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PWE-067 Recessively inherited non-polyposis colorectal cancer: genotype and phenotype
  1. K J Monahan1,
  2. K Pack2,
  3. C Cummings1,
  4. H J W Thomas1,
  5. I P M Tomlinson2
  1. 1Family Cancer Clinic, Imperial College and St Mark's Hospital, London, UK
  2. 2Department of Molecular and Population Genetics, Cancer Research UK, London, UK

Abstract

Introduction Patients diagnosed before 50 years of age have a likely strong genetic or environmental aetiological factor. There is good evidence from population studies1 that recessive inheritance is common in young colorectal cancer patients.

Methods A cohort of 133 colorectal cancer patients without multiple polyps or a family history of dominant inheritance were diagnosed under the age of 50 years. They were identified and recruited from the Bobby Moore database in the Family Cancer Clinic, St Mark's Hospital, Harrow. MYH was screened for germline mutations. As these patients fulfilled Bethesda criteria they were tested for hereditary non-polyposis colorectal cancer (HNPCC) by microsatellite instability analysis and immunohistochemistry of mismatch repair proteins. Immunohistochemistry was also performed on β-catenin and P53. Loss of heterozygosity of the APC locus at 5q21–22 was tested using a set of microsatellite markers. Sequencing was used to identify somatic mutations in KRAS and BRAF.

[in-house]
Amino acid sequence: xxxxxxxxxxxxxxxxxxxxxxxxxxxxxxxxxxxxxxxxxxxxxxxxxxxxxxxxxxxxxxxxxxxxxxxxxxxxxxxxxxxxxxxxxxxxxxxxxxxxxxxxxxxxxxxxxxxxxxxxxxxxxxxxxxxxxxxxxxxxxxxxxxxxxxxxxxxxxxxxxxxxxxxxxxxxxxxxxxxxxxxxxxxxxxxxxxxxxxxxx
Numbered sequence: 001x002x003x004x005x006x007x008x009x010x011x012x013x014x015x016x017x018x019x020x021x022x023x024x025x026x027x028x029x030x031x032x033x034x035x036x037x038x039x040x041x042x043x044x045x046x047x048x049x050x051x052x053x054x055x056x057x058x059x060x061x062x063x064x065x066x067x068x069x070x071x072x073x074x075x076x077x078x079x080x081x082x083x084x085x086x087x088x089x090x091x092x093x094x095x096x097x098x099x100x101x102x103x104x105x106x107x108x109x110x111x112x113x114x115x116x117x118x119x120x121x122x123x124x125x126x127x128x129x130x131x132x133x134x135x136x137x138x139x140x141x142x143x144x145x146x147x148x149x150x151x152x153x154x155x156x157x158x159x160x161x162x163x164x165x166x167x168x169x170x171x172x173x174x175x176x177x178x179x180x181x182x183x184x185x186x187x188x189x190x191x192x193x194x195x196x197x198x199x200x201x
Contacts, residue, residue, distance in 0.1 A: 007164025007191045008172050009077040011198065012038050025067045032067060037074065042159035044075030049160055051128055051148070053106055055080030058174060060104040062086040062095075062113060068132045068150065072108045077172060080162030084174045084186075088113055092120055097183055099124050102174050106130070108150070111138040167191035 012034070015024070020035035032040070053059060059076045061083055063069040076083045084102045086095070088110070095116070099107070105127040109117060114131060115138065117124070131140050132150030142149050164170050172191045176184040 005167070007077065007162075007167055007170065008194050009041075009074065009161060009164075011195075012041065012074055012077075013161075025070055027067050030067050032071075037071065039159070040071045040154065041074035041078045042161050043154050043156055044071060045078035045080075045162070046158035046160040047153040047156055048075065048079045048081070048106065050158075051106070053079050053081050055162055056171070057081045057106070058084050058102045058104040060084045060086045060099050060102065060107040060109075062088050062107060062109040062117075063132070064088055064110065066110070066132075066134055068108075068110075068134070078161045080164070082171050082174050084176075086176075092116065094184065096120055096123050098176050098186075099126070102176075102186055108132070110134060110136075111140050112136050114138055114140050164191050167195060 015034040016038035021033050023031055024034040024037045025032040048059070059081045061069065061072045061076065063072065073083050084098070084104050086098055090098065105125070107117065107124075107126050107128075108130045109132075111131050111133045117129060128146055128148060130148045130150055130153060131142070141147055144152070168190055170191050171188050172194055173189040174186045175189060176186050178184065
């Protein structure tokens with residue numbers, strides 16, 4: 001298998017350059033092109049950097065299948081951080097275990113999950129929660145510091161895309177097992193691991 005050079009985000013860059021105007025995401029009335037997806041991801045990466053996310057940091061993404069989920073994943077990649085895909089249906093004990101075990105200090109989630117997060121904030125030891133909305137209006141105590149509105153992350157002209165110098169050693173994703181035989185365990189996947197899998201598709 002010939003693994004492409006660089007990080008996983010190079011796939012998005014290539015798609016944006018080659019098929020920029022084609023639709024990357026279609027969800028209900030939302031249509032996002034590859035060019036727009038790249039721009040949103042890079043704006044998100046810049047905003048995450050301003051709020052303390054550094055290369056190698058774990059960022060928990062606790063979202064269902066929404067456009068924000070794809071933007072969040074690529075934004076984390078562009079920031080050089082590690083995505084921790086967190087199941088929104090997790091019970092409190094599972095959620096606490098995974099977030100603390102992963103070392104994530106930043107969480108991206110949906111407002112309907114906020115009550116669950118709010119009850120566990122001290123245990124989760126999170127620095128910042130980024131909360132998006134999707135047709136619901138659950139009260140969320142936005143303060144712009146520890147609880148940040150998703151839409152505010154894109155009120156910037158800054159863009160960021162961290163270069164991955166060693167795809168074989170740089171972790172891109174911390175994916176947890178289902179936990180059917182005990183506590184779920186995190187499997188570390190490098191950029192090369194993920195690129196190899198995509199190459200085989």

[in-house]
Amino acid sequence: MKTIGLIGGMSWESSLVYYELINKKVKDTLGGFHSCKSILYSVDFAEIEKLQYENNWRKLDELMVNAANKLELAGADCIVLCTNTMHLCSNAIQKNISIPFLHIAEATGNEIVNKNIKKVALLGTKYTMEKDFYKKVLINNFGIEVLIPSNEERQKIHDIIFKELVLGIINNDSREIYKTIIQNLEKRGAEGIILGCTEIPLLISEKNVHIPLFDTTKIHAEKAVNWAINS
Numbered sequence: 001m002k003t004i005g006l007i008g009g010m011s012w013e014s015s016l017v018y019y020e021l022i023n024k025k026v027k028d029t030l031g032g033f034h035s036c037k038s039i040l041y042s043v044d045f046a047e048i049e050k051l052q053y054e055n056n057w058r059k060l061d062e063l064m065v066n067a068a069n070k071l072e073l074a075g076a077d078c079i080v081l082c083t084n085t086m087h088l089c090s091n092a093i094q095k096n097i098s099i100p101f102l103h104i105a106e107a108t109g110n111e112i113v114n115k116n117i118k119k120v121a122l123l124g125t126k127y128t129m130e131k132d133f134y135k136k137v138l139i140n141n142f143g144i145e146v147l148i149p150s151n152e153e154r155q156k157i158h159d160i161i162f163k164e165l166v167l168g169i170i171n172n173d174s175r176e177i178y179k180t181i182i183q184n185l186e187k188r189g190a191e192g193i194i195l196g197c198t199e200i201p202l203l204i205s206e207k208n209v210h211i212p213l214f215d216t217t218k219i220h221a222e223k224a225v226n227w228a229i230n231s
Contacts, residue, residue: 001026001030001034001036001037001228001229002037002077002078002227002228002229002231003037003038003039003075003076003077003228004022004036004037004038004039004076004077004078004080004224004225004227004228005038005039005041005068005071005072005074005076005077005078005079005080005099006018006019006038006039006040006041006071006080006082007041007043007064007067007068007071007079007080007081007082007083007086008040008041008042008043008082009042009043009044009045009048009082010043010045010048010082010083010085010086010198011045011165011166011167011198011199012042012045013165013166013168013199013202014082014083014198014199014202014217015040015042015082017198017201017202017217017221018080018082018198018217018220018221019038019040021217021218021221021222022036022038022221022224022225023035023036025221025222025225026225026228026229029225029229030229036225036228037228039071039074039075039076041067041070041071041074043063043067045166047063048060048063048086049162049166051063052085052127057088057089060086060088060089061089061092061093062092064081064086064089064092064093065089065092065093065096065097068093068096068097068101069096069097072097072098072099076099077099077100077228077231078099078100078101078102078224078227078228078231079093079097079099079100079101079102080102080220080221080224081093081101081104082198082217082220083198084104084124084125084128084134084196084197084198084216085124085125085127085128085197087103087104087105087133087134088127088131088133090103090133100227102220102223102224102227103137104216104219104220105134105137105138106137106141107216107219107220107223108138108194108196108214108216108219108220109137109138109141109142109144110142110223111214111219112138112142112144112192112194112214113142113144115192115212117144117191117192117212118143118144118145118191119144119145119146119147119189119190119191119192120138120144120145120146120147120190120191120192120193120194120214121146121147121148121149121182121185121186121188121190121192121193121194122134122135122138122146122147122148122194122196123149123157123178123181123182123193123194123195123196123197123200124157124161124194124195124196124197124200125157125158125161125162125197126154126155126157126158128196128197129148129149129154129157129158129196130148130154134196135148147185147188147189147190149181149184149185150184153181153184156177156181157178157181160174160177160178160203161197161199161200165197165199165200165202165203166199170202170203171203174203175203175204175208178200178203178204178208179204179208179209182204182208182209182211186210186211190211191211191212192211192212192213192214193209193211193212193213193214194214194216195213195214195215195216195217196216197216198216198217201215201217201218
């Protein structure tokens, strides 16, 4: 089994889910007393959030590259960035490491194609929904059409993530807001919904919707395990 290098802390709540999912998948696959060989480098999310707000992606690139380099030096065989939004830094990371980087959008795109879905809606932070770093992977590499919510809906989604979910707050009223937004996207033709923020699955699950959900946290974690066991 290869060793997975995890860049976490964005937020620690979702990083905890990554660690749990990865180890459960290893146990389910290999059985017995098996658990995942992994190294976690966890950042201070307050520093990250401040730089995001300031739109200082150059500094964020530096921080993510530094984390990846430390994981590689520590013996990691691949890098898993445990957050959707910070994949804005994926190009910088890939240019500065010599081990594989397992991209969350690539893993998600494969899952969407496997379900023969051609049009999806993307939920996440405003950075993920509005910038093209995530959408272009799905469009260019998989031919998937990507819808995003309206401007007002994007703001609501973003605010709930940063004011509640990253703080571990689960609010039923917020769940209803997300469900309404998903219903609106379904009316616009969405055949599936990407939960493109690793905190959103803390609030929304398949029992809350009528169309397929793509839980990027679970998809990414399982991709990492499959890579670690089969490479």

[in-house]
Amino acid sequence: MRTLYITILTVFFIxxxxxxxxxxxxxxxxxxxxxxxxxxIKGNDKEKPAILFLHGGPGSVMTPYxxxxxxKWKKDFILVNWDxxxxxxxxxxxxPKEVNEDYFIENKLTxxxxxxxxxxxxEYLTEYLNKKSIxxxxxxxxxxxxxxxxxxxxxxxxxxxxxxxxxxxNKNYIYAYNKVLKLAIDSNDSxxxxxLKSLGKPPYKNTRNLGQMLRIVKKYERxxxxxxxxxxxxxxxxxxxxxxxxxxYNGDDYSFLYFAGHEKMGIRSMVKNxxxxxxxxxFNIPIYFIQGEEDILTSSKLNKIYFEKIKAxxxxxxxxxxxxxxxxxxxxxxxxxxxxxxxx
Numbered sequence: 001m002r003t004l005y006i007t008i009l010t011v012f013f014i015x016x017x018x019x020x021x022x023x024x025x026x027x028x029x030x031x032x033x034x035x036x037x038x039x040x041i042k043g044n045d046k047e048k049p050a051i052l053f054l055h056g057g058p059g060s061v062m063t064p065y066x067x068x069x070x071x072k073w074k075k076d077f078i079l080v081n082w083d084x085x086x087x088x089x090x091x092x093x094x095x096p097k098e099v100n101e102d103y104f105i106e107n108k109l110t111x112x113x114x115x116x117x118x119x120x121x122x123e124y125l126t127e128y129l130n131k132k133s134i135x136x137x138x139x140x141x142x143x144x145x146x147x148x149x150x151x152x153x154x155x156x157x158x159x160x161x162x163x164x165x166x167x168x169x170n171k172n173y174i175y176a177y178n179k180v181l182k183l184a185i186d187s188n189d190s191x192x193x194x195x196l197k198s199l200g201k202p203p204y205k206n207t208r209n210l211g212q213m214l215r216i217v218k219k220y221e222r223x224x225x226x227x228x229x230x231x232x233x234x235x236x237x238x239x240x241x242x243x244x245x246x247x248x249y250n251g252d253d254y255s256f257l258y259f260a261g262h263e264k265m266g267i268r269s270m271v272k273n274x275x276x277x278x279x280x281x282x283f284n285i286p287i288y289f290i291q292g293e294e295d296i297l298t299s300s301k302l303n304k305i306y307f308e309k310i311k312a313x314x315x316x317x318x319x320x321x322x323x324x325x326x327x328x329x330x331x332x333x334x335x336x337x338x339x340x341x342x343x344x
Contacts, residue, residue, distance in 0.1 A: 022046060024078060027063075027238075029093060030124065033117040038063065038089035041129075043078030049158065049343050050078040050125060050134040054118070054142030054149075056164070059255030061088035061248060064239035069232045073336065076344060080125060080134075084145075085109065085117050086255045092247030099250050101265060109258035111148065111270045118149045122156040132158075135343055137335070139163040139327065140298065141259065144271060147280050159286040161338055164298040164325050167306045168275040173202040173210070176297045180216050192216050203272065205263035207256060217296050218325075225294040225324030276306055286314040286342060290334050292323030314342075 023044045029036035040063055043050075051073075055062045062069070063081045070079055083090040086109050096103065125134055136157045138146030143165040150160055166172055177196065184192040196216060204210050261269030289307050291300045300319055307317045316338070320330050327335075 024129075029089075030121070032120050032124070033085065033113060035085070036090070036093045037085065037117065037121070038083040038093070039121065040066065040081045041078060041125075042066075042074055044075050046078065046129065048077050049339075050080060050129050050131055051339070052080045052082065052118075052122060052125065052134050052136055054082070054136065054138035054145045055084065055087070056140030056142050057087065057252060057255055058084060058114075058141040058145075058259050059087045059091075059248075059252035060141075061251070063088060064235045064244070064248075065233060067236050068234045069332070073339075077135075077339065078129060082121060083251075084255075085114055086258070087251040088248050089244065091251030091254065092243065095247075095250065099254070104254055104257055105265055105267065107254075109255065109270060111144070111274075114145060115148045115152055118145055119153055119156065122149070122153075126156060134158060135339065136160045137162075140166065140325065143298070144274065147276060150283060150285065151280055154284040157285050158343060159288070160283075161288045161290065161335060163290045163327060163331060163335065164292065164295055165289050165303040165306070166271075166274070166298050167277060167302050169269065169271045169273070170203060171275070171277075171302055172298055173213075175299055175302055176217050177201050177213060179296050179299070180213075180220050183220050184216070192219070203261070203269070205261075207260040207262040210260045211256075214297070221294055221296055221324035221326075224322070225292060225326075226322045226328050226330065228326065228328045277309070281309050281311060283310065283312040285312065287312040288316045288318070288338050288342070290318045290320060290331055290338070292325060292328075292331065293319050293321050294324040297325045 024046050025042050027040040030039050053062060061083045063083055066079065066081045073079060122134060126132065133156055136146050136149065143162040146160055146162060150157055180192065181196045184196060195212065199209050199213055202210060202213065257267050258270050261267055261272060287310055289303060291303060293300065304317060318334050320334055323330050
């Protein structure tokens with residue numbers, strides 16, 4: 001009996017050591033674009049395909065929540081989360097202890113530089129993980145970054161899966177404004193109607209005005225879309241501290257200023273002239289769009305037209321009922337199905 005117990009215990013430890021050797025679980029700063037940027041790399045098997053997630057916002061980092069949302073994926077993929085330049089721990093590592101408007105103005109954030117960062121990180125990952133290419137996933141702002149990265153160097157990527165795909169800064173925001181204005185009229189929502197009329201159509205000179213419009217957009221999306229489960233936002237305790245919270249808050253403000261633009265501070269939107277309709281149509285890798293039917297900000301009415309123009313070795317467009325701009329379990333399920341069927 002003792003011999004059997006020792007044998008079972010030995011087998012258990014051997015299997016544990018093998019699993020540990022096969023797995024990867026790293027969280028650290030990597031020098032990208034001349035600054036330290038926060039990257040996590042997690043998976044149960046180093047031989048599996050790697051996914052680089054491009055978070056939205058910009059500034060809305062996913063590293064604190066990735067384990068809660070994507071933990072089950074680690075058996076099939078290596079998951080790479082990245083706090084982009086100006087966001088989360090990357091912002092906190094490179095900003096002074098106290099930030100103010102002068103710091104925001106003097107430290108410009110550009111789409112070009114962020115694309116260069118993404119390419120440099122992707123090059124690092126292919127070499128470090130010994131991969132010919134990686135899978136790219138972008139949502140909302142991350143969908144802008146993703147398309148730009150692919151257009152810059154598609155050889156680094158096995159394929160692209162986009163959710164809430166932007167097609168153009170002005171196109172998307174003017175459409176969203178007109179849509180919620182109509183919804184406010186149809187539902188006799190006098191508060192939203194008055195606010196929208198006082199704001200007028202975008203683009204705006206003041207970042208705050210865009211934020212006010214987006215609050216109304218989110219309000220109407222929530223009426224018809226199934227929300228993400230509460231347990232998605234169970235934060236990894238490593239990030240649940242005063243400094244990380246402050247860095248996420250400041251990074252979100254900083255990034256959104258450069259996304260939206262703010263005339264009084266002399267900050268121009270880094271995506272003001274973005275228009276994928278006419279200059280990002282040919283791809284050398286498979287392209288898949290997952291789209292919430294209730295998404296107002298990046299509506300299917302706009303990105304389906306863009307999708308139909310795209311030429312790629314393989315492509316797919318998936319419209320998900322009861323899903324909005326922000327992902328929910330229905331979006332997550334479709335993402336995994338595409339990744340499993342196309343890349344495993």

Results Forty-four patients (33%) had cancers proximal to the splenic flexure, 79 (59%) distal and had 11 (8%) synchronous colorectal cancers. Thirty-seven patients (28%) had an affected sibling and 33 (25%) patients had a second-degree relative with cancer at any site. The median age of diagnosis of colorectal cancer was 39 years (range 14–49 years of age). Twenty-six patients (20%) were found to harbour sequence variation in the MYH gene but none of these variants were likely to be pathogenic, and there was no difference in the frequency of these compared to a control group of 50 patients. Eighty percent of tumours were found to be microsatellite stable. 20/30 cancers had nuclear localisation of β-catenin and 21/30 had nuclear localisation of P53 antibodies on immunohistochemistry. Loss of heterozygosity of the APC locus at 5q21–22 was present in 14/30 cases. Thus Wnt pathway activation is likely by over half of this group of cancers. Four cancers had BRAF V600E mutations and five had KRAS codon 12 or 13 mutations.

Conclusion In a cohort of 133 young colorectal cancer patients without multiple polyps, most tumours demonstrated Wnt pathway activation and other somatic changes consistent with the classical adenoma-to-carcinoma sequence. Germline mutations in the colorectal neoplasia predisposition gene MYH appear to be rare events in such patients. The majority of recessive inheritance in young patients is probably caused by mutations in unknown predisposition genes.

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